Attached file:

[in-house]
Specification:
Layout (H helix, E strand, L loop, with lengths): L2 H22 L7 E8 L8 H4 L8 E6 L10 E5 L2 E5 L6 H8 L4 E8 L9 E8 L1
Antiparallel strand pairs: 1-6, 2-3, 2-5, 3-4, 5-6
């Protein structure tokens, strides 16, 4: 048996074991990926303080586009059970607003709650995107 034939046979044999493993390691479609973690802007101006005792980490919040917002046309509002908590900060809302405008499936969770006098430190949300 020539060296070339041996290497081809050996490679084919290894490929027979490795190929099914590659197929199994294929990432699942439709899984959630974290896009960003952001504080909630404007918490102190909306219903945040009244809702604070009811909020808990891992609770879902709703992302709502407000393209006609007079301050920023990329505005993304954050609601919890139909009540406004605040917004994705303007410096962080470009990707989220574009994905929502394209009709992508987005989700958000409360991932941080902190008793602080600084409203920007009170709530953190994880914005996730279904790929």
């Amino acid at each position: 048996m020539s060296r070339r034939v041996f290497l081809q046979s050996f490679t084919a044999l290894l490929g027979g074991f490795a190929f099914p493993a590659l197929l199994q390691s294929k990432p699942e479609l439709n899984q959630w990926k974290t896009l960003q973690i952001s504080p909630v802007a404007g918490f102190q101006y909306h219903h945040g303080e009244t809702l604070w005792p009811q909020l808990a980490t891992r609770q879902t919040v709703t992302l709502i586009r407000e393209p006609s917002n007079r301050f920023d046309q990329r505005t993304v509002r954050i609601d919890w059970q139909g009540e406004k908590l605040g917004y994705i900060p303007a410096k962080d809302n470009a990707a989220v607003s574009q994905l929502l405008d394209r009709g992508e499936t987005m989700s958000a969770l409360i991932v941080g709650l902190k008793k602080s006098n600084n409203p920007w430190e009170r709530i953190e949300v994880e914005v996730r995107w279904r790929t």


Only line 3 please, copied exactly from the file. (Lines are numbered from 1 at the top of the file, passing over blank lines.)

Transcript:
Layout (H helix, E strand, L loop, with lengths): L2 H22 L7 E8 L8 H4 L8 E6 L10 E5 L2 E5 L6 H8 L4 E8 L9 E8 L1